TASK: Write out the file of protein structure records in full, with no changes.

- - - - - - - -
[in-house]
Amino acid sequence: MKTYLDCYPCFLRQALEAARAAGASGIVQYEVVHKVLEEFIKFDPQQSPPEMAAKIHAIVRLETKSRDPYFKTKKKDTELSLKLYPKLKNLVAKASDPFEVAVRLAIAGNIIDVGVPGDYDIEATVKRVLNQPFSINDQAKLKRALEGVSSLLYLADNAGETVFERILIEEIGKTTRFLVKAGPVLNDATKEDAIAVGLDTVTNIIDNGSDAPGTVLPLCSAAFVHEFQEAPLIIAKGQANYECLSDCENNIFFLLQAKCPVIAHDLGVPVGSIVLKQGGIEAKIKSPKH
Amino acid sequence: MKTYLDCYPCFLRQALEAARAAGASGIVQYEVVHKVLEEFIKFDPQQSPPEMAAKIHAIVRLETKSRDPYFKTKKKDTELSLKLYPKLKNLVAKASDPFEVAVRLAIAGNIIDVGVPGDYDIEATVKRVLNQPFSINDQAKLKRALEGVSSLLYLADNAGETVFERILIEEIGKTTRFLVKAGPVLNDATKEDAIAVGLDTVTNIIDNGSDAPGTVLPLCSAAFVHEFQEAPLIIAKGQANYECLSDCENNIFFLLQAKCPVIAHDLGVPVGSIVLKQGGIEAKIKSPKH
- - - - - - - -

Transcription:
[in-house]
Amino acid sequence: MKTYLDCYPCFLRQALEAARAAGASGIVQYEVVHKVLEEFIKFDPQQSPPEMAAKIHAIVRLETKSRDPYFKTKKKDTELSLKLYPKLKNLVAKASDPFEVAVRLAIAGNIIDVGVPGDYDIEATVKRVLNQPFSINDQAKLKRALEGVSSLLYLADNAGETVFERILIEEIGKTTRFLVKAGPVLNDATKEDAIAVGLDTVTNIIDNGSDAPGTVLPLCSAAFVHEFQEAPLIIAKGQANYECLSDCENNIFFLLQAKCPVIAHDLGVPVGSIVLKQGGIEAKIKSPKH
Amino acid sequence: MKTYLDCYPCFLRQALEAARAAGASGIVQYEVVHKVLEEFIKFDPQQSPPEMAAKIHAIVRLETKSRDPYFKTKKKDTELSLKLYPKLKNLVAKASDPFEVAVRLAIAGNIIDVGVPGDYDIEATVKRVLNQPFSINDQAKLKRALEGVSSLLYLADNAGETVFERILIEEIGKTTRFLVKAGPVLNDATKEDAIAVGLDTVTNIIDNGSDAPGTVLPLCSAAFVHEFQEAPLIIAKGQANYECLSDCENNIFFLLQAKCPVIAHDLGVPVGSIVLKQGGIEAKIKSPKH